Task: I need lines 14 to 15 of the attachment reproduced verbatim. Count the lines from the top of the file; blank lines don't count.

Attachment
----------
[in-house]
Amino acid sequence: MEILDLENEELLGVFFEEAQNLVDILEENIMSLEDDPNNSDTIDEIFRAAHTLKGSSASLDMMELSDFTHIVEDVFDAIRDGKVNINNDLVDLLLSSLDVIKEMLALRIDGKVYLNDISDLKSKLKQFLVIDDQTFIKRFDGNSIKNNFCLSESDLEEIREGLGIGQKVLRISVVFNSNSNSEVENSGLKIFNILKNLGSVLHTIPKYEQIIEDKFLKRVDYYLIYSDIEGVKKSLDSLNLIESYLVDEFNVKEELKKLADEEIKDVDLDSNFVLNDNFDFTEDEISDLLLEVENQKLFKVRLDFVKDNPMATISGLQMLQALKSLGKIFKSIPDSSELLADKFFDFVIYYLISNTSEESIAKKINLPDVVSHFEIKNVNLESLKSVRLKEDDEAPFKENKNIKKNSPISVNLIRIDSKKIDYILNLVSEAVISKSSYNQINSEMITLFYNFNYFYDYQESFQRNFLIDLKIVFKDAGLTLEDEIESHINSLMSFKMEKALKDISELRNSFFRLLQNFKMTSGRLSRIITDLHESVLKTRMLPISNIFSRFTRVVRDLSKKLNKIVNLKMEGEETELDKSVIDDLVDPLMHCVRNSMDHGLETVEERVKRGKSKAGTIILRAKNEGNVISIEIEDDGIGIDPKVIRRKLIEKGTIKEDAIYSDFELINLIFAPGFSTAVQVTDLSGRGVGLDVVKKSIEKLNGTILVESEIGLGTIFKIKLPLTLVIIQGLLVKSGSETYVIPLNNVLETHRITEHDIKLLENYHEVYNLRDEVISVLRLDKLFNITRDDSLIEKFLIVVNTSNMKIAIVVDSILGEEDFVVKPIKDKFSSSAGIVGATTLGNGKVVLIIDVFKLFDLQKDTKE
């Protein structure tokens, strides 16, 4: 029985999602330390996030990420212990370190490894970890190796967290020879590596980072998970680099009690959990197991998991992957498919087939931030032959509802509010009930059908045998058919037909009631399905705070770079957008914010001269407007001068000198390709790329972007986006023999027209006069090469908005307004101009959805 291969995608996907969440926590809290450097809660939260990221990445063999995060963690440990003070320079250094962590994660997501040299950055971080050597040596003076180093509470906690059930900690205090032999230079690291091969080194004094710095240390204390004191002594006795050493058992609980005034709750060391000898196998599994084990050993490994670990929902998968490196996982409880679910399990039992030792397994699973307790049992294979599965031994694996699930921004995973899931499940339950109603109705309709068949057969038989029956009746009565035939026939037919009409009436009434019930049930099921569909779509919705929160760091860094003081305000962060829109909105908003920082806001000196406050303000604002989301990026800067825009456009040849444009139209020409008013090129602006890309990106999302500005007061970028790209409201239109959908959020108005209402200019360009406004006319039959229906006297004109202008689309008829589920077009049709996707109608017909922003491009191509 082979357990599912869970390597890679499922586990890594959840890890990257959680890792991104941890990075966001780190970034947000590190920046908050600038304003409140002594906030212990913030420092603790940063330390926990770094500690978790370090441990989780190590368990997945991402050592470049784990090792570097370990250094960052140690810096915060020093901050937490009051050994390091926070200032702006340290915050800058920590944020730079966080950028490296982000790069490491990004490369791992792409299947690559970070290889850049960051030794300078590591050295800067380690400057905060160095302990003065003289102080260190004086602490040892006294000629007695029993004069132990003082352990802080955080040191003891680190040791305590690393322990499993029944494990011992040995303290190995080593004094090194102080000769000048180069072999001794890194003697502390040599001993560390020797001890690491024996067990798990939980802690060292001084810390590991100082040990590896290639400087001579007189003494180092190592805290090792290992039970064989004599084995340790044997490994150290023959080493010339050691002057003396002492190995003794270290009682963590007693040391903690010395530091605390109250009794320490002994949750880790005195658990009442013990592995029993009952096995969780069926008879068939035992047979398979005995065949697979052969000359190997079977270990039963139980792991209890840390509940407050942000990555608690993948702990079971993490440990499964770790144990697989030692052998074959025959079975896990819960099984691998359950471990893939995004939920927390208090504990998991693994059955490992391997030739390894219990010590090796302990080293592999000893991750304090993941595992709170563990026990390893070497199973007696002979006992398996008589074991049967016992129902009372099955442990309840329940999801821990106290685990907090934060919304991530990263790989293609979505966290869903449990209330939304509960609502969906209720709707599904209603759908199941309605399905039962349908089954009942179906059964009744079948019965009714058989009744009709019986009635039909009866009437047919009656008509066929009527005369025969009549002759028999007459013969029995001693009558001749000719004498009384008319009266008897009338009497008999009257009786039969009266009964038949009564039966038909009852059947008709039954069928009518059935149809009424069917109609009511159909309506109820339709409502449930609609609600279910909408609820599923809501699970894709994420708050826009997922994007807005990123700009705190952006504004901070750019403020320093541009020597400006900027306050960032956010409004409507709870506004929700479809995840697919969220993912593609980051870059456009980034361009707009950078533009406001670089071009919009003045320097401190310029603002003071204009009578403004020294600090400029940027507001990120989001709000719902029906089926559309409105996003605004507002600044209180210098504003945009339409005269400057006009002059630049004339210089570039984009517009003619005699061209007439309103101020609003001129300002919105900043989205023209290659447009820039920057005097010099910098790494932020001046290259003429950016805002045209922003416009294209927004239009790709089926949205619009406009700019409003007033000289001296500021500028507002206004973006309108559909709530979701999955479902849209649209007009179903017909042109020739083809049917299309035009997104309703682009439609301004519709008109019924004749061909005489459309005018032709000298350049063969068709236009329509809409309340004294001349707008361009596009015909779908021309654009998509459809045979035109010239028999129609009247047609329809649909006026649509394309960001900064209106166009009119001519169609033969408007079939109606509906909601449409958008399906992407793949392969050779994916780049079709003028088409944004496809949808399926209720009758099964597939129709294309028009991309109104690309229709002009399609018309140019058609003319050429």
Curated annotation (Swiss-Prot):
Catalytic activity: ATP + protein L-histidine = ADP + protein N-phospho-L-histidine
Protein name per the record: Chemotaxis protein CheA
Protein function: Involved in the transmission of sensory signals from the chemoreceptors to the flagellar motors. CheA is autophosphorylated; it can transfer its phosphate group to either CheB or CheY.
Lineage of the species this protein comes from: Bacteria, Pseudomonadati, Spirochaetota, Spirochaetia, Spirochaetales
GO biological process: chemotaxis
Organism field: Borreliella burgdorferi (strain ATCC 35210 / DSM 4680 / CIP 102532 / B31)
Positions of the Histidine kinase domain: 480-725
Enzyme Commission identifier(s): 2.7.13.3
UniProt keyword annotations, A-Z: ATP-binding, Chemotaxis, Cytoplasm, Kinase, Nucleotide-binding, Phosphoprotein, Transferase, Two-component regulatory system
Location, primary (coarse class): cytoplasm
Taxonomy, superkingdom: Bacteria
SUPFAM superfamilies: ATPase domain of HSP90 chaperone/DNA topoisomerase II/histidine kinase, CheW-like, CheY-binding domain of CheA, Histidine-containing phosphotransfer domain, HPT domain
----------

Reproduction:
Location, primary (coarse class): cytoplasm
Taxonomy, superkingdom: Bacteria